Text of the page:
Trump, the statesman, at the U.N.

President Trump is right. His speech at the United Nations was his third act of Reagan-like statesmanship, after the historically accurate, morally rooted and inspirational speeches in Riyadh, Saudi Arabia and Warsaw, Poland. This time, he pointedly spoke for those who cannot speak in Iran, North Korea, Venezuela, and suppressed people around the world. It was a tour de force, and it’s hard to disagree with any word. Once again, Ronald Reagan would be nodding.

Illustration on Russia's attacks on Ukraine by M. Ryder/Tribune Content Agency

Taking Putin seriously

President Trump mentioned the word sovereignty 21 times in his address to the United Nations Tuesday, but said little about Russia’s efforts to seize parts of Ukraine, piece by piece, and threaten other neighboring states.

In this June 2, 2017, file photo, EPA Administrator Scott Pruitt speaks to the media during the daily briefing in the Brady Press Briefing Room of the White House in Washington. (AP Photo/Pablo Martinez Monsivais, File)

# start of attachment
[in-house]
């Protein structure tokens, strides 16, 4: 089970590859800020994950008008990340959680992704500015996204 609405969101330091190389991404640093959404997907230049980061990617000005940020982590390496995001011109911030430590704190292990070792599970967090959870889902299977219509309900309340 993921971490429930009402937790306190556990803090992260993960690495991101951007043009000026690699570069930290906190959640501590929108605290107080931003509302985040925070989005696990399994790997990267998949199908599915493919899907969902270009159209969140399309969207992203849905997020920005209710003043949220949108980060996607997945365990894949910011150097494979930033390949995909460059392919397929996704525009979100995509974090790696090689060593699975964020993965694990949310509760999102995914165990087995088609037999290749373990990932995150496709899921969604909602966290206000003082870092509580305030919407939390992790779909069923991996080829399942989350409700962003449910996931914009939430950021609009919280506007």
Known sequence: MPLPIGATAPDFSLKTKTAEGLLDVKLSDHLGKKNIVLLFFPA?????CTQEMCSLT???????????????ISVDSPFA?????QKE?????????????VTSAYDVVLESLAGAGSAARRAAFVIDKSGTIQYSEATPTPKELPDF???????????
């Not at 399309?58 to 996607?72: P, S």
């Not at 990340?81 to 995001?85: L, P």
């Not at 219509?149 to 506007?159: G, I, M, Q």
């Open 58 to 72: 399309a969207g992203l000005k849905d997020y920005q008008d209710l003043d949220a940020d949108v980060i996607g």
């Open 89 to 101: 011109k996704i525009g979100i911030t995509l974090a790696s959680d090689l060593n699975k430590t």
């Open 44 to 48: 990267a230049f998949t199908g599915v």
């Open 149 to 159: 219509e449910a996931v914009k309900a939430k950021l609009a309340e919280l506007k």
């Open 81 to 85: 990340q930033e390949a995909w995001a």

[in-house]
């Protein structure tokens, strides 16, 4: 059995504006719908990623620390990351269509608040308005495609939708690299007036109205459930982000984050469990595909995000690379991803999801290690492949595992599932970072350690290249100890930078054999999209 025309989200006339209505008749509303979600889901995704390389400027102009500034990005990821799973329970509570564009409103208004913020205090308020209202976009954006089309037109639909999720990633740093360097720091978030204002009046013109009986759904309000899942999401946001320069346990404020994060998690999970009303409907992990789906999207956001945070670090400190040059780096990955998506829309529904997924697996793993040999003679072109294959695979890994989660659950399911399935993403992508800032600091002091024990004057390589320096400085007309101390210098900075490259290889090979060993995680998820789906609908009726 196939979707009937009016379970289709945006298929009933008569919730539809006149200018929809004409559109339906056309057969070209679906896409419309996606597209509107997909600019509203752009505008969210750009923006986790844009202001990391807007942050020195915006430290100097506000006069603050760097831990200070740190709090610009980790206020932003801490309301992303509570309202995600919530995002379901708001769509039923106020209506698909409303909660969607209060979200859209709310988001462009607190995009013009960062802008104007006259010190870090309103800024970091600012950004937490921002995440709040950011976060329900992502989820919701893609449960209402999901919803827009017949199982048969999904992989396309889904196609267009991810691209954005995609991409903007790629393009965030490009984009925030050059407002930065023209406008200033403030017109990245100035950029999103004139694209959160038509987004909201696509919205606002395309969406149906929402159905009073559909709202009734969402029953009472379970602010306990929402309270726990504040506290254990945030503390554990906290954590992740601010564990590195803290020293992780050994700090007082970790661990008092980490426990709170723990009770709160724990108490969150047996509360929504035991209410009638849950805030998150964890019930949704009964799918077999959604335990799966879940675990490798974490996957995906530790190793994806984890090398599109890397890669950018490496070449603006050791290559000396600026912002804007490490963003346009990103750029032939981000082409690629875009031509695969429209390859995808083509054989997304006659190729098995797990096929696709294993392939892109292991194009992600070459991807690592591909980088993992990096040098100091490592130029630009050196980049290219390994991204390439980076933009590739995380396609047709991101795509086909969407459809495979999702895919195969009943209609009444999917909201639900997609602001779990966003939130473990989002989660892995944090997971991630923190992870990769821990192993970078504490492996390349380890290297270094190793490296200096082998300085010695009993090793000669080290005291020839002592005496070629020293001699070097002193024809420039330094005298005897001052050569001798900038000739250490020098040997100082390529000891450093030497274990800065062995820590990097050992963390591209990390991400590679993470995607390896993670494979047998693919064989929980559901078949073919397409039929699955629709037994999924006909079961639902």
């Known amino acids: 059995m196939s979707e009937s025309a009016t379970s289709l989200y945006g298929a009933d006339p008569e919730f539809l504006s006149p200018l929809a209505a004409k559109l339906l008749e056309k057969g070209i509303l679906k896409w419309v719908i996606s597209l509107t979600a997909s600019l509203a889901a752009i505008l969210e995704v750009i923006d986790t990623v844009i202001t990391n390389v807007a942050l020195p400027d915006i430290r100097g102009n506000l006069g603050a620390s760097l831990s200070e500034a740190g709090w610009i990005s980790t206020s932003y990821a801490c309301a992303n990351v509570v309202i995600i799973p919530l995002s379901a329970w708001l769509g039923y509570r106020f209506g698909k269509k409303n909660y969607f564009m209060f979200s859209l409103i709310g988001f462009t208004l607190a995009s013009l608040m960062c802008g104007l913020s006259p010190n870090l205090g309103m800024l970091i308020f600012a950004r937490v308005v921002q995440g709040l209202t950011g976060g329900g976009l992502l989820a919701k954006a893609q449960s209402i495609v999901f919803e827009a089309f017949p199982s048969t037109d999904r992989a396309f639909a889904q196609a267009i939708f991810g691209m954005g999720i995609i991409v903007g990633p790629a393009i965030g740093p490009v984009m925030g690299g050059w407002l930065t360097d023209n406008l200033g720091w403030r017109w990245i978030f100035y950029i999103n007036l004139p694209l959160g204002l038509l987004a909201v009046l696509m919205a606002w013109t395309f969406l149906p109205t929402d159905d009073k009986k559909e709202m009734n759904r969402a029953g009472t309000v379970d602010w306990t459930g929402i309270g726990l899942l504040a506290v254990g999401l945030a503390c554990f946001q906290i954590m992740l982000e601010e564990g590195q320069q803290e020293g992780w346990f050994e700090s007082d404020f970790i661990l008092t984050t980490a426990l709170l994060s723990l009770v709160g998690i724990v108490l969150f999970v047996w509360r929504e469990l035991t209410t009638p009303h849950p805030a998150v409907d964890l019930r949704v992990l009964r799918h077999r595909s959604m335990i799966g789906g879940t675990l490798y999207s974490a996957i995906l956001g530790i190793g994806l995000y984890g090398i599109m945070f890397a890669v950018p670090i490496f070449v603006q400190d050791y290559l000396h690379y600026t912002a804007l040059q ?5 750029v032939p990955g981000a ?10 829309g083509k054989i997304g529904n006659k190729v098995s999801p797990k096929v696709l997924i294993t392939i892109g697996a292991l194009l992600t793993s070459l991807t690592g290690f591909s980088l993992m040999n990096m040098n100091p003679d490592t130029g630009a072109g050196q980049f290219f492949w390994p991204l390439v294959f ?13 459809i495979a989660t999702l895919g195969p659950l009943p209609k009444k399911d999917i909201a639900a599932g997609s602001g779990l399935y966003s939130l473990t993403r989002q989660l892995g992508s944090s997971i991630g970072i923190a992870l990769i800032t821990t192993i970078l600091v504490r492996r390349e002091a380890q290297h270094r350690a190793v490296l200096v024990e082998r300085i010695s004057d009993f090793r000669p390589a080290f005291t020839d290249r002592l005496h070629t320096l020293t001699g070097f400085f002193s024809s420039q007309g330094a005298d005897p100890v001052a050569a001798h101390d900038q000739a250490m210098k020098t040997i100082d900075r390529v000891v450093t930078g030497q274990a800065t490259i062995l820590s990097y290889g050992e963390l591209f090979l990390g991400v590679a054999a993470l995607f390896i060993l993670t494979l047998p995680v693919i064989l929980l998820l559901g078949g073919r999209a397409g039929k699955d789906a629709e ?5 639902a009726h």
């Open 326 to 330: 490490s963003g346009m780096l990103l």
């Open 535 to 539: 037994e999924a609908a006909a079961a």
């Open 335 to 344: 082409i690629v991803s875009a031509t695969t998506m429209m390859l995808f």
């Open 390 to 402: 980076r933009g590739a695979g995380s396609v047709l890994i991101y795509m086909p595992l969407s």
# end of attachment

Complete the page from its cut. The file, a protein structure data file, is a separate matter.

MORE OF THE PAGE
Scott Pruitt, in fight for EPA life — literally

- The Washington Times

Scott Pruitt, administrator of the Environmental Protection Agency, has apparently generated so much controversy that radical green peeps are threatening him with near-regularity, to the point he’s now getting extra armed protection. Seriously, folks, some perspective, please. Are trees that important?

Angst of the Loser Illustration by Greg Groesch/The Washington Times